Orange County Auditor-Controller Eric Woolery died Wednesday evening, according to a County spokeswoman.
“We believe it was natural causes at this time,” County Spokeswoman Molly Nichelson said Thursday. Danielle Katz Ortiz, the Auditor-Controller’s communications manager, said in a later email that an autopsy will be performed to determine the cause of death.
Woolery, 53, served as the County’s top watchdog, which led to clashes with the Orange County Board of Supervisors over Woolery’s questioning of County-funded mailers, abuse of a discount program at a County-owned hotel in Dana Point and former Supervisor Shawn Nelson’s pension payout.
Woolery also wrote a Voice of OC opinion article in 2015 about Nelson’s pension and the auditor-controller’s right to investigate Nelson’s pension payout.
“I was elected by the voters of Orange County to be their fiscal watchdog,” Woolery wrote.
“That’s exactly what I’ve been striving to do this past year by questioning a very suspicious pension payout, nearly a quarter million dollars, with no back up, to Supervisor Shawn Nelson — who has very publicly stated he does not want to take a pension.”
Woolery halted payments for the county-funded mailers April 2016, but reinstated the payments two weeks later after a meeting with County Counsel Leon Page.
The mailers in question featured Supervisors Lisa Bartlett and Andrew Do.
Since being elected as auditor-controller in 2015, County Supervisors attempted to take away some of Woolery’s powers.
At a June 2018 County Board meeting, Supervisors gave themselves control over the financial checks and balances when they immediately took control of the county’s internal auditors — who are watchdogs against fraud and waste in county departments.
Under pressure from the state Legislature, the internal auditors began reporting to Woolery in 2015 until last year’s switch.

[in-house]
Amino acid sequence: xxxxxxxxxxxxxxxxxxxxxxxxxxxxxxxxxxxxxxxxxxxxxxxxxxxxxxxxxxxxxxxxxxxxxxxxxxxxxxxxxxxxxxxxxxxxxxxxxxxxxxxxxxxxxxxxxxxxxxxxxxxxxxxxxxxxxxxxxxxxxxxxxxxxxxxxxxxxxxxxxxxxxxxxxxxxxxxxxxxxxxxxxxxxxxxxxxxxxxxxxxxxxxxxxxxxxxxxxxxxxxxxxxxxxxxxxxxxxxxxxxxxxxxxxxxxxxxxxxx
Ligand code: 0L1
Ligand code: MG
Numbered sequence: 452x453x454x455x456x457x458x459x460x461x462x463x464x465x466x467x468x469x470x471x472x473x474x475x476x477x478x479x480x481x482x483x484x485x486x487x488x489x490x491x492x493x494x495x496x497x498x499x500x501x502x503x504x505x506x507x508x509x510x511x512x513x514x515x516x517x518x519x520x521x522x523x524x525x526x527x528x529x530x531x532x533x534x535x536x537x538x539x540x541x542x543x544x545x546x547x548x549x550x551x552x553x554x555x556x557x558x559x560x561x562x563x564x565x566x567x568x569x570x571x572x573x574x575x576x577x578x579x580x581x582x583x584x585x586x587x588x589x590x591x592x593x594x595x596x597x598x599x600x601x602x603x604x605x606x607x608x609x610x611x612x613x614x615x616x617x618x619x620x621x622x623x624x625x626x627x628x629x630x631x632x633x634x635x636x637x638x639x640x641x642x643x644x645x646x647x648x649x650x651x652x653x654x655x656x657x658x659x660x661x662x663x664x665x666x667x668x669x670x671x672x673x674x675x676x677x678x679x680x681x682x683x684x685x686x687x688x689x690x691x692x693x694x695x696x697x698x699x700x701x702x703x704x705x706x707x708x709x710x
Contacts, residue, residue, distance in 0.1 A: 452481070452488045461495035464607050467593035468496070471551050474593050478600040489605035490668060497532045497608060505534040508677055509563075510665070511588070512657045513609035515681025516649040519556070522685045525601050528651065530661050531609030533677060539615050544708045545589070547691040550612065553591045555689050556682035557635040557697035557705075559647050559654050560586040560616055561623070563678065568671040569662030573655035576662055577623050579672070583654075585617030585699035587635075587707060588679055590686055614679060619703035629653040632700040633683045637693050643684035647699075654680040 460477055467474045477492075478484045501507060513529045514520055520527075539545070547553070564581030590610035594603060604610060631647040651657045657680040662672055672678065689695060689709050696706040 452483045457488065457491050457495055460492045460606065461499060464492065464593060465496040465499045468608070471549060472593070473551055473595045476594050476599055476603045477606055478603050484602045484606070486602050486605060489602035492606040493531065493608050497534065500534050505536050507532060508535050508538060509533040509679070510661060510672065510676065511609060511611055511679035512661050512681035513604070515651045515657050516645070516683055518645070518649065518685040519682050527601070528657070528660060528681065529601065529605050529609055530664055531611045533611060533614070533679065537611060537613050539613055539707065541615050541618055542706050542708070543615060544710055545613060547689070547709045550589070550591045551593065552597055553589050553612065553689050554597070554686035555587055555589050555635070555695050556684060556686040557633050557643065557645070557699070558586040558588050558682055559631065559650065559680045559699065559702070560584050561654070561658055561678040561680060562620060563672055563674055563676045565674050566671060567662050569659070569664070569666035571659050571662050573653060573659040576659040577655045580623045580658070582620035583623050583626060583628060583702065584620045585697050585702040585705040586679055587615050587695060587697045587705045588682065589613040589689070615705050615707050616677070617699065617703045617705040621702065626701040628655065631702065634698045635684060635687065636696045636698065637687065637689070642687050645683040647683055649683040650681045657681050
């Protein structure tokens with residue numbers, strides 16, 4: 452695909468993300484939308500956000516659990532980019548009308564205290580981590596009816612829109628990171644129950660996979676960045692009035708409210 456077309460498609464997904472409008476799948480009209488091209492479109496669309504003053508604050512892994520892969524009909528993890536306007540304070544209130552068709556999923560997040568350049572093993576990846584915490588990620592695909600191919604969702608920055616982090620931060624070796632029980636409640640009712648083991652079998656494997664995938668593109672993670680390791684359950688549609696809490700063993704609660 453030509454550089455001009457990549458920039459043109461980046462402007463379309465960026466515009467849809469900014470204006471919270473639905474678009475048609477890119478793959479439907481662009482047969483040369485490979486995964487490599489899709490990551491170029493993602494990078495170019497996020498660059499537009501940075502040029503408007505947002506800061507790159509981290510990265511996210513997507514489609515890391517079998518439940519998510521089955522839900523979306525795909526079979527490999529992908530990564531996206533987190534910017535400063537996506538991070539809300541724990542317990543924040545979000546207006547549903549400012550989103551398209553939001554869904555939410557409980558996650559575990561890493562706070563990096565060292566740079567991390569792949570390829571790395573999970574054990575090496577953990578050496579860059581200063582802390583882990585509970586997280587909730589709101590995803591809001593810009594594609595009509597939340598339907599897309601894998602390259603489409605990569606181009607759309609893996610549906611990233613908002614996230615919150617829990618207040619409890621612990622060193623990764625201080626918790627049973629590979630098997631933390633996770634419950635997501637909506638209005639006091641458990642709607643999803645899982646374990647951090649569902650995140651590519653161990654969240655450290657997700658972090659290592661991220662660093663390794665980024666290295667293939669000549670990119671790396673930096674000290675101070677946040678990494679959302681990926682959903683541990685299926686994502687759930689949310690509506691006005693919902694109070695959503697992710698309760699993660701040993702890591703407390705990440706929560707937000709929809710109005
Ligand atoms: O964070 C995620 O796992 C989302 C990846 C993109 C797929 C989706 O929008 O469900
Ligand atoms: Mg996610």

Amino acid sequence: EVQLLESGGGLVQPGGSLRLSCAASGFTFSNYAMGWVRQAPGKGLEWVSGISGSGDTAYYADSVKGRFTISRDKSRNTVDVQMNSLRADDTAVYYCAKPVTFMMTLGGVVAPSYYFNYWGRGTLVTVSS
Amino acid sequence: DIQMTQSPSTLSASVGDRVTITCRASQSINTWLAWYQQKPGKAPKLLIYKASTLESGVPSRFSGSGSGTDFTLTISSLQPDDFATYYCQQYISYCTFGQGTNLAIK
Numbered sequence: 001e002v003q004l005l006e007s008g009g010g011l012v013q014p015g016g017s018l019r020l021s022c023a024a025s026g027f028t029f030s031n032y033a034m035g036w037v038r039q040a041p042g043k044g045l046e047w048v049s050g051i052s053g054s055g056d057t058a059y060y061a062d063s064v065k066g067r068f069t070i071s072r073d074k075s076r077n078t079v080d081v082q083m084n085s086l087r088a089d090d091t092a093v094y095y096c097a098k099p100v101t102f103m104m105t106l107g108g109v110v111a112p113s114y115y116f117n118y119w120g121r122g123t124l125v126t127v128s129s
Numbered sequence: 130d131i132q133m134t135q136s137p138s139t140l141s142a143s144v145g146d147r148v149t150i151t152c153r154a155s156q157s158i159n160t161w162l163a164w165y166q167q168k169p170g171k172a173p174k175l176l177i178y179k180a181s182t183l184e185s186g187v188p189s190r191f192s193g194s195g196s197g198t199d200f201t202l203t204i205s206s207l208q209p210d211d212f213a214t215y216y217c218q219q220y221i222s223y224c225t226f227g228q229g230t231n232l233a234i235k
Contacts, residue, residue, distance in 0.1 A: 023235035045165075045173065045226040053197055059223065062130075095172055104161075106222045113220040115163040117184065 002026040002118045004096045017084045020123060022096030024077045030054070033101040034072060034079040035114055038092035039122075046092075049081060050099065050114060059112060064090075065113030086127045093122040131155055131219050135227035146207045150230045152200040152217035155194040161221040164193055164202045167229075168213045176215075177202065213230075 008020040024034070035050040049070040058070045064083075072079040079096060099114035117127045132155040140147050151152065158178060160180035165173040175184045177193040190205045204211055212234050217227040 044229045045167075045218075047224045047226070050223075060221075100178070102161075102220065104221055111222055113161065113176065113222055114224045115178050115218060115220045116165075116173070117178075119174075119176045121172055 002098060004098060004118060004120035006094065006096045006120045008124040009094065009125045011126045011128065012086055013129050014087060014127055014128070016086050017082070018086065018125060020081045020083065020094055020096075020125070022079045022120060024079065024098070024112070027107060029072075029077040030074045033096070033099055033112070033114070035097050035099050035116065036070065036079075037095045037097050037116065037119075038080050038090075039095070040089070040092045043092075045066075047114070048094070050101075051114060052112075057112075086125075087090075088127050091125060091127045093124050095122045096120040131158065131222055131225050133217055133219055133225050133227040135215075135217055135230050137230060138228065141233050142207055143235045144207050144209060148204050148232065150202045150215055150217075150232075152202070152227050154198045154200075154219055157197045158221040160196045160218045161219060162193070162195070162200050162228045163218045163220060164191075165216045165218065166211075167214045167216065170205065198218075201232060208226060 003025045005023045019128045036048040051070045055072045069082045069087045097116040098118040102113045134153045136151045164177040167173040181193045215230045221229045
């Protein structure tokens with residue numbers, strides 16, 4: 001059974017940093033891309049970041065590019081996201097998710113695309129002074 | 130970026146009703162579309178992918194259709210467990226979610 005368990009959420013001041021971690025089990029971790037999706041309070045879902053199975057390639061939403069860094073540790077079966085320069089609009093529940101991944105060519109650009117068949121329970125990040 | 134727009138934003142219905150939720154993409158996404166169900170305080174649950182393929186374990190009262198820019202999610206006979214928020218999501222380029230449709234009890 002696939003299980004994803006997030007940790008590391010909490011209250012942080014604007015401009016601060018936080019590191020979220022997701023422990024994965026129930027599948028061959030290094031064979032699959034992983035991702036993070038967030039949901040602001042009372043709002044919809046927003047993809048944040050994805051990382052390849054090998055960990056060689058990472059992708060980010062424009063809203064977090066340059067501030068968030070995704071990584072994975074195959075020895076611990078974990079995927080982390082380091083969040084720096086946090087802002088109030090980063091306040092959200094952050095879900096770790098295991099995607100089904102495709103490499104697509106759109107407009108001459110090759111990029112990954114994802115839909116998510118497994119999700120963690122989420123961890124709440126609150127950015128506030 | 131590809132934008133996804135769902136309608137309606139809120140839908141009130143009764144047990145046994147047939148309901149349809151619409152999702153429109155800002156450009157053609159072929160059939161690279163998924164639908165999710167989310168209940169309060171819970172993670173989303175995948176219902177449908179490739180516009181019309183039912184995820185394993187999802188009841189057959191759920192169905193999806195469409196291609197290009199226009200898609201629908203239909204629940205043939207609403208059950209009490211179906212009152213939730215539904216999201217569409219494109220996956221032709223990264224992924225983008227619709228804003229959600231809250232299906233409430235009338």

Woolery won re-election June 2018 with 74 percent of the vote. But he has repeatedly drawn the ire of Nelson and Do since he took office in early 2015, including Woolery’s challenging the legality of pension payments to Nelson and supervisors’ taxpayer funded mailers to voters that prominently feature the supervisors.
Do and Nelson led the charge to take away funding from Woolery’s office last year and roughly two-thirds of the auditor-controller’s staff.
Nelson, who termed out as supervisor, now works for the District Attorney’s office.
Former Supervisor Todd Spitzer, now district attorney, was the lone dissenter among supervisors attempts to take over Woolery’s office.
“Eric was such a good friend, father, and public servant. I am shocked by the news of his passing and I send my deepest sympathies to his wife Lisa, his children, and all of his many loved ones,” Spitzer said in a Thursday news release.
Bartlett, now chair of the County Supervisors, said in a Twitter statement, Woolery “was a great public servant who fought tirelessly for government accountability and transparency.”
“We will always remember his sense of humor, dedication to the County and fiscal ‘watchdog’ legacy,” reads Bartlett’s Thursday Tweet.
Spitzer, in a text message to Voice of OC, noted the importance of having an independent auditor-controller.
“Having an elected official in that position (auditor-controller) is critical. Allows a strong and firm voice. Makes it tougher for bureaucrats to push that person around,” Spitzer said.
Since Woolery’s death, Salvador Lopez is now the interim auditor-controller. Supervisors can appoint someone to fill the vacant auditor-controller position, according to state law.
“The appointee shall hold office for the unexpired term or until the first Monday after January 1st succeeding the next general election,” reads the law. That would be Jan. 4, 2021.
“An appointed official should only be short term and agree not to run,” reads Spitzer’s text. “The voters have a right to choose. Not allow someone to be anointed.”
Correction: An earlier version of this story erroneously added the word “not” to Spitzer’s quote about appointees being short term. Voice of OC regrets the error.